Ready, Set, Game!

From nostalgic memories to amazing gaming sessions with friends, video games have a special place in the hearts of many. My first gaming experience was when I was 5 years old. My parents had bought my brother the PlayStation 2, and I wanted to try my hand at playing with him. I quickly learned that I had a knack for one-on-one fighting games, and I also found an interest in sports and action-adventure games. I remember spending many evenings competing against my brother in the various kinds of games we liked, and I admittedly got a little upset after the times he would beat me. In the moment, however, I just enjoyed the entertainment video games provided us. As a few years passed, my vision, along with my interest in gaming, started to decline. I wasn’t able to play many of the games that I loved anymore and each time I tried getting back into playing them, I would become more and more frustrated. I would spend time confusedly pressing buttons, and when it didn’t lead to any progression in the game, I would just deem the game to be inaccessible for me. I know it may sound silly to be upset over not being able to play video games for a while, but to me it felt as if my vision loss was now dictating what I could or couldn’t do anymore. It wasn’t until I was 13 that my perception of gaming changed. My brother told me that he had gotten an action-adventure game named Naruto Ultimate Ninja Storm 2, which was based on a popular TV show we both liked, and he invited me to just watch alongside while he played. I thought “why not”? It won’t be the same as playing it myself but maybe I would enjoy it anyways. To this day, I consider that game to be my favourite game of all time because that was the game that brought back my interest in gaming again. It started off slow, with me just watching my brother play through the game. As time passed, however, I would help him make decisions that would impact the way the game would play out. After memorizing things such as different maps within the world, corresponding buttons for action sequences, and items in various menus within the game, I began to play the game on my own. I was no longer frustrated when I couldn’t do a particular task as easily as others could. Instead, I saw it as a challenge and was having fun playing the game. I slowly got into playing all the games that I used to enjoy in the past and began trying out many different genres as well. This reawakening of interest in video games led me to develop a simple video game that was designed for individuals who are blind or visually impaired. It was a simple maze that was littered with traps, with the objective being to reach the end without getting caught in any one of them. Sound effects indicated whether there was any danger nearby and players had to navigate through the game by listening alone. It was a really fun experience, and since I was in the 8th grade at the time, I was able to present it to interested students in my class. People tend to be surprised when I tell them that I enjoy playing video games as a visually impaired individual. They attribute the experience of gaming to be an incredibly visual one, and they don’t understand how I would successfully play the same games that they do. The fact of the matter is that we enjoy all of the same aspects of a game as anyone who is sighted. Captivating storytelling, clean and easy to follow action sequences, and an interactive and immersing game world are just a few of the aspects we enjoy. Memorizing particular rhythms of patterns that correspond to the gameplay, taking the time to memorize menus and items, and personally finding aid with a console controller with vibrations that indicate actions against your player are some strategies that make video games possible for me to play. I also find comfort in the fact that more and more game developers are including accessible features within their games. From video games being designed specifically for individuals who are blind or visually impaired, such as A Blind Legend and Lost and Hound, to the inclusion of accessibility settings and features such as menu narration and descriptive sound effects as present in Mortal Kombat 11, Call of Duty Black Ops 4 Zombies Mode, and the Last of Us Part II. The culture of video games has not only provided me with great memories and endless entertainment, but has also taught me some valuable lessons about patience and resiliency. by Ishita Bhatia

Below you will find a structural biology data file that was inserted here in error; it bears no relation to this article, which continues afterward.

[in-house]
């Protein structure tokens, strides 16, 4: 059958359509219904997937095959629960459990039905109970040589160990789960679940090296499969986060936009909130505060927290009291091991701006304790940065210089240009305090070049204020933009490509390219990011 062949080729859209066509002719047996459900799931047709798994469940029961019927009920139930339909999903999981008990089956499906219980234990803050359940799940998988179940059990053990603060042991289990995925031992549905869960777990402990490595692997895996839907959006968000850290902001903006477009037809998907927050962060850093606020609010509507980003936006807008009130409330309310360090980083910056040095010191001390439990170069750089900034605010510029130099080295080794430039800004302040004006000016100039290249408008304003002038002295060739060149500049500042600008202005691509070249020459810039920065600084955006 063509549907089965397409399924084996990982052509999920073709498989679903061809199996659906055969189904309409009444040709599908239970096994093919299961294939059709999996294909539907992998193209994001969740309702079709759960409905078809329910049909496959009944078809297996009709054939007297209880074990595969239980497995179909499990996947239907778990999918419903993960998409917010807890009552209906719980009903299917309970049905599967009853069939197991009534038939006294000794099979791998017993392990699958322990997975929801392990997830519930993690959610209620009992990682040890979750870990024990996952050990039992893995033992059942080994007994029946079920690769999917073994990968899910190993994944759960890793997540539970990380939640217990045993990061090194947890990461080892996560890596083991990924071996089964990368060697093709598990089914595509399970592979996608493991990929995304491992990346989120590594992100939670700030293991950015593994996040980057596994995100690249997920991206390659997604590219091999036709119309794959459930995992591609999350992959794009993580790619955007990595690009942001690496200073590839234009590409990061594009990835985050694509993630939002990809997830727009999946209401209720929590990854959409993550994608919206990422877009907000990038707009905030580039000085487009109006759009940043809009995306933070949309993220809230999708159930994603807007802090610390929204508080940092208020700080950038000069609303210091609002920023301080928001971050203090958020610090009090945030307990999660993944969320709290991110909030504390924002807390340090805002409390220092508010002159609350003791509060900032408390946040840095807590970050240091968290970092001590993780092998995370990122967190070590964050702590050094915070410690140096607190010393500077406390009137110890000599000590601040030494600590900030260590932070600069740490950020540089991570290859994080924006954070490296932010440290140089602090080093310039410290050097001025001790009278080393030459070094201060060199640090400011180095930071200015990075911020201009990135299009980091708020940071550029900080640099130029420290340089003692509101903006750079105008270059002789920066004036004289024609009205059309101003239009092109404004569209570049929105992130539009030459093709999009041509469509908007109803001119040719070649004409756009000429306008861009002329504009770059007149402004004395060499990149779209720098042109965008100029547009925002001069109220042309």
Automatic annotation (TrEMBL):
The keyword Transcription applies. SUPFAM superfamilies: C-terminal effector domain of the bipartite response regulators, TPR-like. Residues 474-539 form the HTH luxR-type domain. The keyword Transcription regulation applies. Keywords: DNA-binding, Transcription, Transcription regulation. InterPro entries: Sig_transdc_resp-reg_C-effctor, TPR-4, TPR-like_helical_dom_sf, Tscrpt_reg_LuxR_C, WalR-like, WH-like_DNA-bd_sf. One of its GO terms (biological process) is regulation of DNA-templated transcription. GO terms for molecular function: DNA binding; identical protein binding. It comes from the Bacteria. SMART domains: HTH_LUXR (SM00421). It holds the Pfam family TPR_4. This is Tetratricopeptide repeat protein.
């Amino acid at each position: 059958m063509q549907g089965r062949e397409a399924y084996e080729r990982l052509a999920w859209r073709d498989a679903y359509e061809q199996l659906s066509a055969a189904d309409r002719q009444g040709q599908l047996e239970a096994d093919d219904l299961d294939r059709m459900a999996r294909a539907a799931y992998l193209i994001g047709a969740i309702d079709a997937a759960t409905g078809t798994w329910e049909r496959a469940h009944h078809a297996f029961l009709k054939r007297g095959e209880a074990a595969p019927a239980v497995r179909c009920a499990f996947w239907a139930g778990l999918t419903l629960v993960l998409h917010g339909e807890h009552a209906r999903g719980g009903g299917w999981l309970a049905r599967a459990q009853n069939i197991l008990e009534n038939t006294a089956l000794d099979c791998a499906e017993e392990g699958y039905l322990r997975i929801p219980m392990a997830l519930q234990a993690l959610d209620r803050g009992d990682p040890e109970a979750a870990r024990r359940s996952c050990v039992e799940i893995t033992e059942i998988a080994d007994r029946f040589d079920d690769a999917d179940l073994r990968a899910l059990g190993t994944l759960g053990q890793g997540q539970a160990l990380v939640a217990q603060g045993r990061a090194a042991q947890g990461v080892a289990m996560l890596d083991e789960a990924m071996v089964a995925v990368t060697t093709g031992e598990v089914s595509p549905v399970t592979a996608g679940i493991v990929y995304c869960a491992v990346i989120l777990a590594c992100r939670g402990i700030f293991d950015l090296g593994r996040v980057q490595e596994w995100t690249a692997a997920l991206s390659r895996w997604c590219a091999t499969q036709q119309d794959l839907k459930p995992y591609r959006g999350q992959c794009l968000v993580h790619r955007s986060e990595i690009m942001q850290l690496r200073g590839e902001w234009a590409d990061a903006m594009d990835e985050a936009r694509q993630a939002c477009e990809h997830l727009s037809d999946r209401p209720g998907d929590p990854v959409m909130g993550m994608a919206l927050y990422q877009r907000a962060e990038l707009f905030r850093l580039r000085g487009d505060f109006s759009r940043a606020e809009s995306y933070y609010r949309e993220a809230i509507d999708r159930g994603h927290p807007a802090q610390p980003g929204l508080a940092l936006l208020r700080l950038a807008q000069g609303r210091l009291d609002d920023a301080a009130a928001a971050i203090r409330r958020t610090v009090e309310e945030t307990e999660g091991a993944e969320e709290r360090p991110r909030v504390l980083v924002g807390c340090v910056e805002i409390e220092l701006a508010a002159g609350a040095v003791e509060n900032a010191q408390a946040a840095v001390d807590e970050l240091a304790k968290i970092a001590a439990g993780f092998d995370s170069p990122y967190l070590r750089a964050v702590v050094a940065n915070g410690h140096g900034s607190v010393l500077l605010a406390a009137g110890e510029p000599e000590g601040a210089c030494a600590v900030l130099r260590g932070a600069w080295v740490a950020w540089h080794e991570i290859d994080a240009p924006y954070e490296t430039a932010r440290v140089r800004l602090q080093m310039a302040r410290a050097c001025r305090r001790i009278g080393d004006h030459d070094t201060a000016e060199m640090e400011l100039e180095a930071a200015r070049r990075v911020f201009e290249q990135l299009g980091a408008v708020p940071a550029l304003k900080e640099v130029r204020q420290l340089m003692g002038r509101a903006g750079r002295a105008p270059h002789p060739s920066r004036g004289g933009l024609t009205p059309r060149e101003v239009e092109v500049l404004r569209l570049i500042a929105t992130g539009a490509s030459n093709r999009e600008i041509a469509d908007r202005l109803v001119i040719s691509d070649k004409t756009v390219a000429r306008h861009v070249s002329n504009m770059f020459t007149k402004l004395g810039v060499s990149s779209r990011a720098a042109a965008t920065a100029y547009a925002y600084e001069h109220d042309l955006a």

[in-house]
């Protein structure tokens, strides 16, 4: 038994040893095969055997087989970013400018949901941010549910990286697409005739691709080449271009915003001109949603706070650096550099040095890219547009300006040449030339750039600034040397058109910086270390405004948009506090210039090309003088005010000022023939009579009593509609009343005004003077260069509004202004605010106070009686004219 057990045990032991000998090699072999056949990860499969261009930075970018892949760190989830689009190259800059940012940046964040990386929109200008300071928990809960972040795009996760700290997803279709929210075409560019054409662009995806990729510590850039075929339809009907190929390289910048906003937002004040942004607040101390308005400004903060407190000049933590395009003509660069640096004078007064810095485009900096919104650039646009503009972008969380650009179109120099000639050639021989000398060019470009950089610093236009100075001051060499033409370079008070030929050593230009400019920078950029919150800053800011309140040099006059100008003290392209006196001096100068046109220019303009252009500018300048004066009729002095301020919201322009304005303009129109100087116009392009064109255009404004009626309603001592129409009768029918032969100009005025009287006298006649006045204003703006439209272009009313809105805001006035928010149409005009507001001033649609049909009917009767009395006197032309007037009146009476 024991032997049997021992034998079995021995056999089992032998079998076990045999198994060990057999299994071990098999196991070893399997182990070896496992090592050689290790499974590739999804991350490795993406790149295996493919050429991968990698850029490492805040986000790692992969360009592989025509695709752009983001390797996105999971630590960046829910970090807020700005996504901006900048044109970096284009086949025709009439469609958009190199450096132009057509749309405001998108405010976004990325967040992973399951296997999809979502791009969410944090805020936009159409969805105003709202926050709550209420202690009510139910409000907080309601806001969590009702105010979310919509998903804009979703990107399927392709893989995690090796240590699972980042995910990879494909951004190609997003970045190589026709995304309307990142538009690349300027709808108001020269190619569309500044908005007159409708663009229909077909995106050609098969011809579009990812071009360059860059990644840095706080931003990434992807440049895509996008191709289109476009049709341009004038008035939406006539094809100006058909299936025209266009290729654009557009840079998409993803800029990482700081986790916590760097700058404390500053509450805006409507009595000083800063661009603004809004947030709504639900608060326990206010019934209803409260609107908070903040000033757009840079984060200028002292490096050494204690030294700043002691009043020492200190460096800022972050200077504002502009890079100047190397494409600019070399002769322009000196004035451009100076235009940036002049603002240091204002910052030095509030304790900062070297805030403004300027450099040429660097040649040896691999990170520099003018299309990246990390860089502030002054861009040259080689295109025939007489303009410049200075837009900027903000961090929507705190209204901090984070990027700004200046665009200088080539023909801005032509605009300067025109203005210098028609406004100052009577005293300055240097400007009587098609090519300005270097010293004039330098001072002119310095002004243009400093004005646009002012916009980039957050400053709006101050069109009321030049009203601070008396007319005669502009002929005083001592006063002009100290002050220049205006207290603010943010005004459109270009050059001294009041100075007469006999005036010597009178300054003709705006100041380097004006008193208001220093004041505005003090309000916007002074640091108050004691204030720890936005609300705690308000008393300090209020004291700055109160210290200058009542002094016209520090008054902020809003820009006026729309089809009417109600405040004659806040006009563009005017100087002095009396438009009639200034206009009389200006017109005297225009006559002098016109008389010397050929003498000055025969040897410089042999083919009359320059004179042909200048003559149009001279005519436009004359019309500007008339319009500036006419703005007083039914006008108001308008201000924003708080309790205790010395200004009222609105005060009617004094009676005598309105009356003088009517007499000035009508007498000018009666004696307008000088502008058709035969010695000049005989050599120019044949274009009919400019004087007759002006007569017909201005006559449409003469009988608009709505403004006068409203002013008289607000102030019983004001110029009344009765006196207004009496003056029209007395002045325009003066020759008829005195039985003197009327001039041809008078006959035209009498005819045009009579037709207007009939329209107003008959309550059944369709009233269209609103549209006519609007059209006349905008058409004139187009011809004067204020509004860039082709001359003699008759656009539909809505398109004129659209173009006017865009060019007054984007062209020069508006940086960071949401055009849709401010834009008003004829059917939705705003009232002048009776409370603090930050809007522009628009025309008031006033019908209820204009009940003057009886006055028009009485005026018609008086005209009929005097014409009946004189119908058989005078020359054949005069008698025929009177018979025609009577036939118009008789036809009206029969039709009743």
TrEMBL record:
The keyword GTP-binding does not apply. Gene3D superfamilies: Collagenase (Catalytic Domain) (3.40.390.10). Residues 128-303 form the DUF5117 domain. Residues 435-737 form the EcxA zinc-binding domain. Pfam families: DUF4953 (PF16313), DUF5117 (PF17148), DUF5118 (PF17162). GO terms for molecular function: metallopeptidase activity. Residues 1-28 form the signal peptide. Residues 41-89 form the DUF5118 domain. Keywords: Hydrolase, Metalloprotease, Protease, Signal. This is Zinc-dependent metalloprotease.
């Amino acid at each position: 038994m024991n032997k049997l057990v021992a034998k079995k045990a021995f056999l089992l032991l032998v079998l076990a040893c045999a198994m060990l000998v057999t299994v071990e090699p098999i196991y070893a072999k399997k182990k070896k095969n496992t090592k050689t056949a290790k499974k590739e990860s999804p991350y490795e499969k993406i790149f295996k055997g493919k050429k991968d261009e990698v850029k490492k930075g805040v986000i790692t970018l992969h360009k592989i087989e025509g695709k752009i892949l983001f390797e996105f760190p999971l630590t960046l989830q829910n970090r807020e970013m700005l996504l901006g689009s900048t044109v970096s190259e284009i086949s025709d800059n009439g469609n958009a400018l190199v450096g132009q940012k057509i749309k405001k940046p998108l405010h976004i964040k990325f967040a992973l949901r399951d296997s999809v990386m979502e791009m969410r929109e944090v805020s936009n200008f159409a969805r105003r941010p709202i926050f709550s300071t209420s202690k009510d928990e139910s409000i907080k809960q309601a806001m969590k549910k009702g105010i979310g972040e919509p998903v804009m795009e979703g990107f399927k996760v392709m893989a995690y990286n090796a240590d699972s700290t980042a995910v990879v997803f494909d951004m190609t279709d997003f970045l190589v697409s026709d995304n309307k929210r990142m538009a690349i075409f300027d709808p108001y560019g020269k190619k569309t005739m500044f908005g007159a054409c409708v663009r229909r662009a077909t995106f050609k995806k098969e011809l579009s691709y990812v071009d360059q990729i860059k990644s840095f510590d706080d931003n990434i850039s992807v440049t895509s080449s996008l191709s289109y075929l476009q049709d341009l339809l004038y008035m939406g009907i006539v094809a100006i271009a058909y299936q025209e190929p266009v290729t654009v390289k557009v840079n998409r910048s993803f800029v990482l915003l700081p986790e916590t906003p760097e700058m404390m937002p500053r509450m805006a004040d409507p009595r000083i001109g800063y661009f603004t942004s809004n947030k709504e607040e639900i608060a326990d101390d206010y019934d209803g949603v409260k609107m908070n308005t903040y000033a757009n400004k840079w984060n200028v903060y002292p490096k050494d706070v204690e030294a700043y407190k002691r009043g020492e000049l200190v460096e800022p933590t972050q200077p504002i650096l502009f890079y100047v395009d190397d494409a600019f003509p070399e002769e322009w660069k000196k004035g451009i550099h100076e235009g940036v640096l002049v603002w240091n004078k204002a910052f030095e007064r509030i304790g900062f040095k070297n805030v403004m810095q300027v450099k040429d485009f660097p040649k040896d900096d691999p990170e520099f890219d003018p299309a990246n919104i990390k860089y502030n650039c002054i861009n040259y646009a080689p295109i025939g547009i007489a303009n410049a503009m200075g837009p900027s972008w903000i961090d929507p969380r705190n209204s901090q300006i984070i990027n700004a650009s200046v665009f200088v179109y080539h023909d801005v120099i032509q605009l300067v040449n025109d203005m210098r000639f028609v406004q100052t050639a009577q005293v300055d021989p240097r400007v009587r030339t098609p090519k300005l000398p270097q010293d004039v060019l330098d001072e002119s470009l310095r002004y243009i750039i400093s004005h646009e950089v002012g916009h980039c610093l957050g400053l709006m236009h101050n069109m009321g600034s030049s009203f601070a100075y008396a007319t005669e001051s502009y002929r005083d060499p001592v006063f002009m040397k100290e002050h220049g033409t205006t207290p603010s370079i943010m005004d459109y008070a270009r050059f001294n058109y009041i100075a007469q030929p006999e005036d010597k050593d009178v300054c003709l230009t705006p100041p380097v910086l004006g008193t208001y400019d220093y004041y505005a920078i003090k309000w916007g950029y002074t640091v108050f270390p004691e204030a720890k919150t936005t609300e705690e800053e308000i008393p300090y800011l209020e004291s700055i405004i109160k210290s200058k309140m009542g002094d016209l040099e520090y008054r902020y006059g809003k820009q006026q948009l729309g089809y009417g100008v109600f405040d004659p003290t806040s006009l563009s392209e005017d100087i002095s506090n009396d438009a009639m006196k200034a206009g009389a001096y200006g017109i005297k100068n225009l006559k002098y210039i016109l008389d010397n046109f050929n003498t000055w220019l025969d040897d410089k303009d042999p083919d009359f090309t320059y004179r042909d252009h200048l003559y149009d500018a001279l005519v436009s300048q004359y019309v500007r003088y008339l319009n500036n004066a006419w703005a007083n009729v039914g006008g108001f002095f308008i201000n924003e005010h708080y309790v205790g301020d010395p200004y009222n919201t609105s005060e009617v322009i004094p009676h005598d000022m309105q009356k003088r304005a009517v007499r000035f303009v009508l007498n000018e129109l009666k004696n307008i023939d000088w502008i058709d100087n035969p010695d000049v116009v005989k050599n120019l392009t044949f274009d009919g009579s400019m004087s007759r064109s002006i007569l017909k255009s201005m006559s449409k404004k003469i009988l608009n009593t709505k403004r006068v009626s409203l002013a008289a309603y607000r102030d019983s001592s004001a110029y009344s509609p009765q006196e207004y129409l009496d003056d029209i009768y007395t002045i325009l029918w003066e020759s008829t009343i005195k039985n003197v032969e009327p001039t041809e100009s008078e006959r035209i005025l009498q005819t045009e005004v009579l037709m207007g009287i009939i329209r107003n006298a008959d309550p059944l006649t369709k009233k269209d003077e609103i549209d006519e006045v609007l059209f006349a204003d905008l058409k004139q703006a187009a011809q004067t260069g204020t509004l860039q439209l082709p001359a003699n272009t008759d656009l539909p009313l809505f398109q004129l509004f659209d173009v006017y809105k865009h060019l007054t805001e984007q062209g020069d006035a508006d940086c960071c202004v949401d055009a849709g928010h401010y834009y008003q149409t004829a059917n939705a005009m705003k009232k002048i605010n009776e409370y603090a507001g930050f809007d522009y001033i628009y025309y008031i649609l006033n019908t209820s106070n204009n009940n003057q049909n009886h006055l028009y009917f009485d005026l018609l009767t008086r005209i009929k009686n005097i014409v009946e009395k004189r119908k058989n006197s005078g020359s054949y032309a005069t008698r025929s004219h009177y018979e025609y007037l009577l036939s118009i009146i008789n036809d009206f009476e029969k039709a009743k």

Image of the Playstation 4 controller against a white background.

Ready, Set, Game!

From nostalgic memories to amazing gaming sessions with friends, video games have a special place in the hearts of many. My first gaming experience was when I was 5 years old. My parents had bought my brother the PlayStation 2, and I wanted to try my hand at playing with him. I quickly learned that… Read more Ready, Set, Game!

NEW Blog Post – Beyond the Pencil

Pushing back against society’s assumptions about blindness can be both a challenge as well as a transformative experience, and this week’s blog post from Jinnie describes her personal experience within the Creative Writing program at her University. Check out her submission, “Beyond the Pencil“.  

Image of a sharpened pencil against a stark white background, surrounded by pencil shavings.

Beyond the Pencil

I really enjoy getting lost in the messiness of characters and their worlds. As a child I carried books where I went. This love has transferred over to writing and now I create my own characters and storylines for others to enjoy. However, I have constantly been told English isn’t an interest which will further… Read more Beyond the Pencil